International students on what they wish they knew before coming to UI


Photo courtesy of Siti Fathimah

Siti Fathimah, a graduate student studying economics, shares what she wish she knew prior to arriving to the University such as the importance of independency and lack of interaction between students.

By Ashleigh Kendrick and Aidan Finn

Moving away from home and into college is a large milestone in many students’ lives. They’re moving away from friends, family and the familiarity of the surroundings they have known their entire lives and jumping head first into an unfamiliar environment, and they’re doing it all by themselves. This especially rings true for international students, as they leave their home country to not only experience a new environment, but a new culture as well.

Several international students expressed what they wish they knew before moving to America and living at the University.

Atharv Gudi, freshman in Engineering

“I wish I knew a little more about American culture before coming. I’m glad to have met friends who have lived their entire lives in America and helped me ease into the surroundings. I had no idea that the campus would be so diverse, and I wish I knew a little more about that before coming.”

Morgan Clark, senior in LAS

“One thing I wish I knew before coming here was how much more I had to step outside of my comfort zone than I thought I would have to. I was already stepping outside my comfort zone by coming to a different country and made the effort to attend several events to meet new people, but I still really struggled to initiate conversation.”

Joseph Abi-Karam, freshman in Engineering

“Before moving to college, I wish I knew how hard it would be to be away from home, especially when it is enduring its worst economic crisis since the mid-19th century.

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“This doesn’t make me regret my decision to come here, quite the contrary: I’m really grateful to have this opportunity of studying in such a prestigious institution that will give me the best background to help my home country in the future.”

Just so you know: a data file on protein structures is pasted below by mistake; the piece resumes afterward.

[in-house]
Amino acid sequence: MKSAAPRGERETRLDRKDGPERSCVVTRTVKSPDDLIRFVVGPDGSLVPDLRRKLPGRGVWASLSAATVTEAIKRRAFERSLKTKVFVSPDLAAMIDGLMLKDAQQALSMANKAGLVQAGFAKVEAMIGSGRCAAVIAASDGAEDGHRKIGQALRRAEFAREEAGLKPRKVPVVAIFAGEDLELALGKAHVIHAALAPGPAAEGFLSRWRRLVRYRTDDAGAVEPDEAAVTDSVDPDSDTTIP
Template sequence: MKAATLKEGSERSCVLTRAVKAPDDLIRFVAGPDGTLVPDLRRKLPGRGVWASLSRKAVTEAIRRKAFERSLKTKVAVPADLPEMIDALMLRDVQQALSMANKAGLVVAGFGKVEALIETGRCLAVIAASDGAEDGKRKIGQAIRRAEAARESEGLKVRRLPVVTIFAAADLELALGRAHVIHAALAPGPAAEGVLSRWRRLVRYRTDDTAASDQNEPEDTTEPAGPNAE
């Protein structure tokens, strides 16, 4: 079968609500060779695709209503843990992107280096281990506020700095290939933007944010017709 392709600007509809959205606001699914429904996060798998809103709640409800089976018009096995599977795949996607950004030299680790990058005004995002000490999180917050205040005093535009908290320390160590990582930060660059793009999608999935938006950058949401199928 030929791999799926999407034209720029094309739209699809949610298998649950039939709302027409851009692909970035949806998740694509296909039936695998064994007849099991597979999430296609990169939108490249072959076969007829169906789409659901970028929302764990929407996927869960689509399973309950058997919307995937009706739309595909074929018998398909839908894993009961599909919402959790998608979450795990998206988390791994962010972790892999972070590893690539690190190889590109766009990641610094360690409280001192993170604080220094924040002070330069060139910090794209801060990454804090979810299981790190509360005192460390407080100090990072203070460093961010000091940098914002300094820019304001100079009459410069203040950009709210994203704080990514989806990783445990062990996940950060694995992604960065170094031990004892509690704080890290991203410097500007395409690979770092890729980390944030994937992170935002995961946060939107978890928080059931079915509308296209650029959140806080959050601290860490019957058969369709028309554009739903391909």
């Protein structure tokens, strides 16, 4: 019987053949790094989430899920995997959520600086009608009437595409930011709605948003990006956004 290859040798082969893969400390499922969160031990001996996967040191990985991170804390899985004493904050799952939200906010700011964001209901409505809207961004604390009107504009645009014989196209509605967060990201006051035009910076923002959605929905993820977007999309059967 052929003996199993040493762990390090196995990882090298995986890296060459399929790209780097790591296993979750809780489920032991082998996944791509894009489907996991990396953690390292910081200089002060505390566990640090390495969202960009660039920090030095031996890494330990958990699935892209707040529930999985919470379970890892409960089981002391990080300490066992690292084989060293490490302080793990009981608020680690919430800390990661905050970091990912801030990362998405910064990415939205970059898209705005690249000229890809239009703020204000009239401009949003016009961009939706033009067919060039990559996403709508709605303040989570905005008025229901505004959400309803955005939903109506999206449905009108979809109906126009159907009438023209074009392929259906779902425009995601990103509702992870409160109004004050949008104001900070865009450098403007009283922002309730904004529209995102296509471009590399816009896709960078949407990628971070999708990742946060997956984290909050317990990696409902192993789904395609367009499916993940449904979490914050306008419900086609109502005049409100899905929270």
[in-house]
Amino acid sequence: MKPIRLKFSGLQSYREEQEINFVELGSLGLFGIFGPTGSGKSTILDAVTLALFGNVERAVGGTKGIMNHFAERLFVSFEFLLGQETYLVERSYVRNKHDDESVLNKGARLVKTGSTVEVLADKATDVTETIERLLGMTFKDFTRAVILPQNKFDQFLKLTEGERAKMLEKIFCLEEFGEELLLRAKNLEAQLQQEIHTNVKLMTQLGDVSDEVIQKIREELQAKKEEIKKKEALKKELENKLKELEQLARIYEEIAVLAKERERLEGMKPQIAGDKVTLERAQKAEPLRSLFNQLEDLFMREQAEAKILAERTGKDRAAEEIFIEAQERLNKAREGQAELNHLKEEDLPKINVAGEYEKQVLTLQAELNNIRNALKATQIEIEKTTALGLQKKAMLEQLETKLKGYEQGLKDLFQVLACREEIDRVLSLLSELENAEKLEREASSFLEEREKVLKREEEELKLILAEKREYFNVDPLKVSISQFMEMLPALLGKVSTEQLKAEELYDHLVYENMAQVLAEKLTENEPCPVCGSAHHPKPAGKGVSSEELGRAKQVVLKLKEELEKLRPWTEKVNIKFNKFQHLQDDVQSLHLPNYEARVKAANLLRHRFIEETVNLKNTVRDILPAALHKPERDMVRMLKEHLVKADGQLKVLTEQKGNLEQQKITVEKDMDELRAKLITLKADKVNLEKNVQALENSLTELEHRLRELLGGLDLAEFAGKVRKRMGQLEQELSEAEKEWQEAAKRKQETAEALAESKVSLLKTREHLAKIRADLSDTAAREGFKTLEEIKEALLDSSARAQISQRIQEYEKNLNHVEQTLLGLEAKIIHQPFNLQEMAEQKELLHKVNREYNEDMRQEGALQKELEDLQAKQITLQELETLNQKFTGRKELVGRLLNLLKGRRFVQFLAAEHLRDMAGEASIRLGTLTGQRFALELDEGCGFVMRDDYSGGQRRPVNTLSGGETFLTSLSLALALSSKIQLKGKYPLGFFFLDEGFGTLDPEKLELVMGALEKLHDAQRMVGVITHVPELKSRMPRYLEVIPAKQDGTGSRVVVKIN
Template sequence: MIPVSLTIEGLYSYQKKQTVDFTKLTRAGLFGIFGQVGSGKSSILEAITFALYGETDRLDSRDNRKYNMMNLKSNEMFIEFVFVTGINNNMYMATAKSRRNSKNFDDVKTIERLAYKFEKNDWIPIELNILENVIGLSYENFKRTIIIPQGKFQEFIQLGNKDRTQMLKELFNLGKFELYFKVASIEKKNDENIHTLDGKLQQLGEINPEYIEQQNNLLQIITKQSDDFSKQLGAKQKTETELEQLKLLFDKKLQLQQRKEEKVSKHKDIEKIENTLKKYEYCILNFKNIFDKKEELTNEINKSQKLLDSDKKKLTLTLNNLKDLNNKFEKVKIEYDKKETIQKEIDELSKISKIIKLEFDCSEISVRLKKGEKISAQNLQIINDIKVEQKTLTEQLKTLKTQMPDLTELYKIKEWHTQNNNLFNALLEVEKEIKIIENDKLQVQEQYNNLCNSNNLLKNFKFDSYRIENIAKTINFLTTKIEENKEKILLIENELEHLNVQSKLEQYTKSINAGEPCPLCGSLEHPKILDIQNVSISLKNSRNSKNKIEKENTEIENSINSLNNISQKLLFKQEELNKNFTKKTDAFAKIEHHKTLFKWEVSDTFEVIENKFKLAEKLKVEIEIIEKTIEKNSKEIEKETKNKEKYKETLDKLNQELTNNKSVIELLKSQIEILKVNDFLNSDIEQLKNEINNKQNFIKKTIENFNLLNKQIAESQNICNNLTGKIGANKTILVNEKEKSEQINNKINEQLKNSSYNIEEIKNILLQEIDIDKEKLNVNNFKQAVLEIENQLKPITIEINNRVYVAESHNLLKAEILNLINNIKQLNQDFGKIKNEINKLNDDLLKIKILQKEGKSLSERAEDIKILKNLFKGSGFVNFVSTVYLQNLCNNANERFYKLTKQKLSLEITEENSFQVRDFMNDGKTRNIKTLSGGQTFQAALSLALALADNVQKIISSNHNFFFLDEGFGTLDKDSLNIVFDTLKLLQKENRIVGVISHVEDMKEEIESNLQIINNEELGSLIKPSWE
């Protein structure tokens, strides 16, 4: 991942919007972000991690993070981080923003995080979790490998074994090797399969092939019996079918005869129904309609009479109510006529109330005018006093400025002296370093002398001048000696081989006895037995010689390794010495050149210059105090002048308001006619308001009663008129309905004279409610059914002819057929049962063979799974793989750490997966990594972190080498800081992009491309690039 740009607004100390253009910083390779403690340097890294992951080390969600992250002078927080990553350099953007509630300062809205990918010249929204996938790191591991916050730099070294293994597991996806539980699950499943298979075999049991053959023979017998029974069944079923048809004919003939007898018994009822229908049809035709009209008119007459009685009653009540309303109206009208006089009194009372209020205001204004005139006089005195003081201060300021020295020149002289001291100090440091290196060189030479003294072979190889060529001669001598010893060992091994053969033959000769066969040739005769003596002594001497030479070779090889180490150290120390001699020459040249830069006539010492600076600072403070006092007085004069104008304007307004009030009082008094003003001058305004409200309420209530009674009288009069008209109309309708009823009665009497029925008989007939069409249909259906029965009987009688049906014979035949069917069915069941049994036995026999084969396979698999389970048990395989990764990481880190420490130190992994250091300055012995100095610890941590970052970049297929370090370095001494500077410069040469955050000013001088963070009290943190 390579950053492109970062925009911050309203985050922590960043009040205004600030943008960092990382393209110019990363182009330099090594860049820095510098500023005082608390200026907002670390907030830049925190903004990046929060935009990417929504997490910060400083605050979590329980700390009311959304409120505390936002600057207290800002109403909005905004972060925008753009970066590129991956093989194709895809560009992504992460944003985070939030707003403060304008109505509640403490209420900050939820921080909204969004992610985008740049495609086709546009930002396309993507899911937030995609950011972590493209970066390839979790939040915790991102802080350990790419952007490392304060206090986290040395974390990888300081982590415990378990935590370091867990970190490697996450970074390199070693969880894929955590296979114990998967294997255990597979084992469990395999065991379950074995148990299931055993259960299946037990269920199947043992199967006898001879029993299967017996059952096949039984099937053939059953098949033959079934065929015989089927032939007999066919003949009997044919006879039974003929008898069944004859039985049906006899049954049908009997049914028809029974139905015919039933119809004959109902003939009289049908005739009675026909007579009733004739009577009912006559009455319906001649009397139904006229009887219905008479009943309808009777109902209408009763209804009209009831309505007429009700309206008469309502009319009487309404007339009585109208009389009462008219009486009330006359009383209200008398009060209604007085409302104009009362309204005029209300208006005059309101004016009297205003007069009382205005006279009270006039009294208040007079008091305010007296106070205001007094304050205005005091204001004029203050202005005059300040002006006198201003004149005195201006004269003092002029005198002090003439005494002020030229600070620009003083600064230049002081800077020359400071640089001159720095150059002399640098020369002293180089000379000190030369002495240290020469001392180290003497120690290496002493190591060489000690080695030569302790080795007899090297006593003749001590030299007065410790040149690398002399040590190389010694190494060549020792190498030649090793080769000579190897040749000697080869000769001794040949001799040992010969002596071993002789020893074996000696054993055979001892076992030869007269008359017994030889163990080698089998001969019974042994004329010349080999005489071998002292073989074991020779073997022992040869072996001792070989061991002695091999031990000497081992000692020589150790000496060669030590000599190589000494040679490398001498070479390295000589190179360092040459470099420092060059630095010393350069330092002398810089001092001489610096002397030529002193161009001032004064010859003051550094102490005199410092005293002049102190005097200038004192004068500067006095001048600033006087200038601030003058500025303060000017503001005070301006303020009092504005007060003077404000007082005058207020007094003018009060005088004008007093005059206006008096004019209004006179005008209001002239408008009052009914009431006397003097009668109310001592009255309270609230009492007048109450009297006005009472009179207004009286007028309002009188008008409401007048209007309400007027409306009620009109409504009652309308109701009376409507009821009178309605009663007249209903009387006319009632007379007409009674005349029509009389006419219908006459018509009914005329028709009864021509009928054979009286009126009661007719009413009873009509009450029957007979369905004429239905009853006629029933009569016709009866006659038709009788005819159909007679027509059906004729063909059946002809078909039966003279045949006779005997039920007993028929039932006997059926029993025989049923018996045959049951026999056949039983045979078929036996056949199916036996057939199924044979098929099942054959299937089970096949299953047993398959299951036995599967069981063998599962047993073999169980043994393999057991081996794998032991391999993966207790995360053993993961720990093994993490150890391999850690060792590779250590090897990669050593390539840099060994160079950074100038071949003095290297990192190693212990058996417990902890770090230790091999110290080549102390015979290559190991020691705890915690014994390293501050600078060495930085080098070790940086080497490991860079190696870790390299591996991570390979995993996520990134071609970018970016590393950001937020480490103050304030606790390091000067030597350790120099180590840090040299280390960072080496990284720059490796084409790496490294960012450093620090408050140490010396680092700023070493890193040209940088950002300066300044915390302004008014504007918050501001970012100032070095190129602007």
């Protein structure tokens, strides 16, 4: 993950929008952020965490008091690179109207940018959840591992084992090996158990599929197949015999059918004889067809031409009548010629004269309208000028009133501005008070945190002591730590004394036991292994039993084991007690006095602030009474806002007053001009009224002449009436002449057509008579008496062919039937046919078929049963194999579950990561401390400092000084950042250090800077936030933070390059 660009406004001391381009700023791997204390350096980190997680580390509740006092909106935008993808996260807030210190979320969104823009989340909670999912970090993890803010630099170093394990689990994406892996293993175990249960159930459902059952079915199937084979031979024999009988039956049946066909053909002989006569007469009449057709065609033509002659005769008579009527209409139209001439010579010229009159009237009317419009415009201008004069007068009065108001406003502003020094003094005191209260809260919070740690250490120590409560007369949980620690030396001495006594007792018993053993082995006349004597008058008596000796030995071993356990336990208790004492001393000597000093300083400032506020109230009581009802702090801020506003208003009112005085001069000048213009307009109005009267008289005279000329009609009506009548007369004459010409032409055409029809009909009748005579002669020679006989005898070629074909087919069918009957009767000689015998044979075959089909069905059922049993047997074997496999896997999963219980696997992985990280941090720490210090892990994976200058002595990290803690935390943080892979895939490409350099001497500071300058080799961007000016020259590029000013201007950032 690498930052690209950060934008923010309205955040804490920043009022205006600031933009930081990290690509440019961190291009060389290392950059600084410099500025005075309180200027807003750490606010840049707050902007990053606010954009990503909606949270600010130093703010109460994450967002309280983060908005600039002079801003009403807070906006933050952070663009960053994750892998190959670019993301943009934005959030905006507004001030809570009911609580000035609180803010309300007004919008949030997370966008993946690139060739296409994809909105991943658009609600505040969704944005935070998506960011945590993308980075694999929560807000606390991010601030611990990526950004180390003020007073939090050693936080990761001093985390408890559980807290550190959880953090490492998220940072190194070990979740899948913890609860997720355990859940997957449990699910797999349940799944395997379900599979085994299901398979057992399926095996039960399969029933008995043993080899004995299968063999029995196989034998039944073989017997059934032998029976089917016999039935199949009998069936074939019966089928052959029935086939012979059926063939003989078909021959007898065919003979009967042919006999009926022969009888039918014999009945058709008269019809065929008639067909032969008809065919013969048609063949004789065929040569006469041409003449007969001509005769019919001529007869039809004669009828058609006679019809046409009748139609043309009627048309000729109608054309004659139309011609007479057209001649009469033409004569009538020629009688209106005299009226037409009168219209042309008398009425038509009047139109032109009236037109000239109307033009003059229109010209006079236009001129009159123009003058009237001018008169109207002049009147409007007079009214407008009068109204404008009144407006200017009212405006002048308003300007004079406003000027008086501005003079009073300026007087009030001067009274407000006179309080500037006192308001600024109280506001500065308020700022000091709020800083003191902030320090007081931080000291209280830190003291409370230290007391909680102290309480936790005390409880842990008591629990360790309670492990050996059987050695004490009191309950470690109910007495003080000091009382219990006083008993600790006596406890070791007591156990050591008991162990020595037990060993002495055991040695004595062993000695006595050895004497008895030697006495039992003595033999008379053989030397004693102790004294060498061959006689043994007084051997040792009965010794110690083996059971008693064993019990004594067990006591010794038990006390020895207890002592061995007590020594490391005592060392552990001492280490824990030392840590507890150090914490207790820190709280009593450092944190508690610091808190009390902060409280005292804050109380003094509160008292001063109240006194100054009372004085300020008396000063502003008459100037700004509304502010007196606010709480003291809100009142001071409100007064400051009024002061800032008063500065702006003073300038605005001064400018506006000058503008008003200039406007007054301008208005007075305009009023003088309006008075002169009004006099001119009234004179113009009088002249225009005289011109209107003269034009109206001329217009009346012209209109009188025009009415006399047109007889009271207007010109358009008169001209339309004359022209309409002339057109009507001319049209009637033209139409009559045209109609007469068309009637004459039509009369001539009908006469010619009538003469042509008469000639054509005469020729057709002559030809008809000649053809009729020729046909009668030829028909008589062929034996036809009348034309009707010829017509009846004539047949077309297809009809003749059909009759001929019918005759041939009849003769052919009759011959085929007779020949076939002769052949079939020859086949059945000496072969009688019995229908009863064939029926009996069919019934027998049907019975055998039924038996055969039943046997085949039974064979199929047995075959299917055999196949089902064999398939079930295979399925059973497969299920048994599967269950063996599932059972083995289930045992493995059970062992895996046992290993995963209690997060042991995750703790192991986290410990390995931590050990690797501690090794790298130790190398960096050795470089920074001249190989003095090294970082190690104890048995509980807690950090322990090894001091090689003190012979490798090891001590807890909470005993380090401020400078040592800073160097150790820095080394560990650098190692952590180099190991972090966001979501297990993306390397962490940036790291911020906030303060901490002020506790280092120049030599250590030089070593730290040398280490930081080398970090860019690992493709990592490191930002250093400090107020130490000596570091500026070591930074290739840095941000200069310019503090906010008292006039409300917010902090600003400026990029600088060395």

Siti Fathimah, graduate student studying economics

“I wish I knew in the University area there is still hate about others’ faith, beliefs and religion. People are also too busy studying and working and forget about how to interact with other people and their mental health. I wish I knew doing everything by yourself is big because people here are so individual and ‘time is money’ is really applicable. I wish I knew Eid is not a national holiday.

“I wish I knew that making real friends here is a bit difficult because of the individual soul. But I won’t judge — every country has its own uniqueness. I also wish I knew the four seasons are really quick to change.”

Matteo Stefanini, senior in Engineering

“I wish I would have known that the University Housing dorms are not a nice place to live.

“When I had to choose where to live during my exchange, I thought dorms were part of the American college experience. I lived in Bousfield, an upperclassmen dorm, which is therefore very quiet and boring. To add more to the mix, the dorms are really expensive and force you to buy the pretty decent but expensive meal plan.”

Kingston Tai, sophomore in Engineering

“I wish I knew how hard the courses would get in the second year when I chose my major.

“There is a drastic difference between the level of difficulty of courses between the first and second year. If I had known that, I could have chosen more courses the first year so I wouldn’t be behind.”

Aaron Mukhopadhyay, freshman in LAS

“The food kind of gets horrible sometimes and public transportation is the most confusing part of America for me. The fact that the University offers counseling and mental health, I feel like that is a very important part of University we should speak about more.”


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